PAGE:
The Case for Mad

Mention of the magazine MAD in the public prints is rare. College students follow it closely, but one meets few older people who ever heard of it, while the newspapers and magazines in general ignore MAD resolutely. Having read MAD for a good many years, and with a sense of being rewarded by every issue, I venture to argue that MAD is the funniest magazine we have, that its targets well deserve the mauling it gives them, and that many nonreaders would be benefited from a two-dollar subscription to this nonesuch.

MAD carries no advertising and keeps its circulation figures to itself. Its success in a recent court case involving copyright was reported in Variety, with an estimate that “tens of thousands” of the issue complained of had been circulated, but I incline to hundreds of thousands and possibly then some as a likelier figure. (To ask MAD for such information would be simply to invite a sardonic response, one feels certain.) The magazine is hard to find on any but the most comprehensive newsstands, and its somewhat irregular schedule of nine issues a year (the September MAD came out in late June) makes it easy for the nonsubscriber to miss an issue or two, especially in early summer and fall. I must admit, further, that MAD takes a bit of living with for the new reader, so that an initial approach by subscription is to be preferred.

Burlesques are MAD’s principal stock in trade, and these are usually drawings in a remarkably lifelike imitation of the old rotogravure sections in the Sunday papers. There is no mistaking the identity of the person lampooned in a MAD picture, nor is the point of the burlesque in the least unclear: MAD’s comedy is sledgehammer stuff; to misunderstand it would be like failing to grasp the intent of the man swinging the iron ball in a wrecking job. The captions and brief texts not only fit the pictorial schemes, but they have the same smashing effect on the reader.

Its professionalism is perhaps the other quality that sets MAD apart from other ventures into strong-arm comedy. To be irreverent for the right reasons calls for discernment as well as nerve, and MAD’s irreverence is invariably well informed. The cocksureness of the magazine’s assault lies in the genuine validity of its material. One is reminded of the old Middle Western adage, “If you’re gonna teach a dog, you gotta know more than the dog.” MAD’s artists and writers seem to know many more things about their victims than the latter have even suspected about themselves.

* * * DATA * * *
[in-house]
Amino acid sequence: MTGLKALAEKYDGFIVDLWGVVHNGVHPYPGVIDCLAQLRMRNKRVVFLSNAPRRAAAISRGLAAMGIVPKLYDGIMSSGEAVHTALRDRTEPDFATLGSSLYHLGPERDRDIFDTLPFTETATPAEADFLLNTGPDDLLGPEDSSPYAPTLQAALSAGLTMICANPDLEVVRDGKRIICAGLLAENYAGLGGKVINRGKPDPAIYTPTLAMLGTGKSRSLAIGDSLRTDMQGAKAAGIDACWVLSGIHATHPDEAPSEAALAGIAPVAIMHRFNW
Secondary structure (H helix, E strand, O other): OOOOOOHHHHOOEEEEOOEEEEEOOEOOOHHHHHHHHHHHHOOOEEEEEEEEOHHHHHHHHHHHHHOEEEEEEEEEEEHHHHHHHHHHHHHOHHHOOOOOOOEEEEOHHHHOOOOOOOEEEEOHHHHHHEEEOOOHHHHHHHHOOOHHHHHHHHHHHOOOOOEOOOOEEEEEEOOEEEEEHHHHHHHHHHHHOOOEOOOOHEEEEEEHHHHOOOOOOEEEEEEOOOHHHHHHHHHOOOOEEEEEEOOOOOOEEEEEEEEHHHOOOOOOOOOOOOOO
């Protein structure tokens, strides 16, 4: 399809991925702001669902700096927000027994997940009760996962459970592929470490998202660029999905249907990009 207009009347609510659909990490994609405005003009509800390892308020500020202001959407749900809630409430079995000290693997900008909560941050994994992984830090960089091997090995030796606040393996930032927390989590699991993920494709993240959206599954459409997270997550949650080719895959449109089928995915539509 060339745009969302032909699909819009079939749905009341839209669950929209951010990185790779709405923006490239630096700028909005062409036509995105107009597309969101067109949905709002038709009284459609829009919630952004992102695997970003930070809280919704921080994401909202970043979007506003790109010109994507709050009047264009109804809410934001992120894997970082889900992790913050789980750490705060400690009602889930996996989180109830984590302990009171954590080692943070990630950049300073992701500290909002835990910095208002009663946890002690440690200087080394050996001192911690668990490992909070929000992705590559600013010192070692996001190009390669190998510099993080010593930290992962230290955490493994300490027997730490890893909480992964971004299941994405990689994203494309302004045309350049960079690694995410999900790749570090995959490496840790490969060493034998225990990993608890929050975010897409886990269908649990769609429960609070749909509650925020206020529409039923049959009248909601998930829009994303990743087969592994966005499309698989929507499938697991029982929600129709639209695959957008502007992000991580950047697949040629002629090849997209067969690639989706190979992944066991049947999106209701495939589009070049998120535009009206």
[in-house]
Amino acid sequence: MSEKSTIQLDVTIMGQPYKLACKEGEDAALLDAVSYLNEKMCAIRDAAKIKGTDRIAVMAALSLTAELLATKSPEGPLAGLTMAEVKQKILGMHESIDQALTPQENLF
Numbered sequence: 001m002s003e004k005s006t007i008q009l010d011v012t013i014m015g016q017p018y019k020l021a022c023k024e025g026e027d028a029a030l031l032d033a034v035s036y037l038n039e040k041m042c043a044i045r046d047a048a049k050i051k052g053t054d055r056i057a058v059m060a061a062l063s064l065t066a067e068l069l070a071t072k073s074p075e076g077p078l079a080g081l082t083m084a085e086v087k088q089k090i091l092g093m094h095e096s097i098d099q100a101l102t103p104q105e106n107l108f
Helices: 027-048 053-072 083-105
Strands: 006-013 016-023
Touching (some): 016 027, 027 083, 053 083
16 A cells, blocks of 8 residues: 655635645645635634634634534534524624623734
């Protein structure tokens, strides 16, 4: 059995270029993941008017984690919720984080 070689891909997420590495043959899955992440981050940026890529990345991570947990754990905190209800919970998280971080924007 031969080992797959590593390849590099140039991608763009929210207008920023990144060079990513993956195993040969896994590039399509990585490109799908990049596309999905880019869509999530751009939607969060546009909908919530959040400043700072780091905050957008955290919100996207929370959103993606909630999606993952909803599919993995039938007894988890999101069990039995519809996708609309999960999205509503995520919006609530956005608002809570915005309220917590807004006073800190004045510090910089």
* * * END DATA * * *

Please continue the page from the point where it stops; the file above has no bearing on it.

The symbol or “image” of MAD, visually, is a character of its own invention, Alfred E. Neuman, a grinning, gap-toothed teen-ager who usually appears on its covers in one fantastic role or another. Readers are invited to buy a china bust of Alfred E. Neuman, who is more a mental defective than a lunatic, or a color portrait of him (twenty-five cents), and his face is as familiar to school and college students, it seems likely, as that of any living person. But while the seasoned reader of MAD has come to understand Alfred E. Neuman, and indeed to esteem him, the Neuman covers cause the newsdealer to put MAD among the comic books, with a consequent loss of more adult attention from the public.

All in all, Alfred E. Neuman had probably better stay where he is, on the cover in plain view. There is a durability in his deficiencies that is bound to make a larger place for him and the magazine as the months go by. Sooner or later MAD will be displayed among its less flamboyant contemporaries. If incongruity results, perhaps they will invent some Alfred E. Neumans of their own.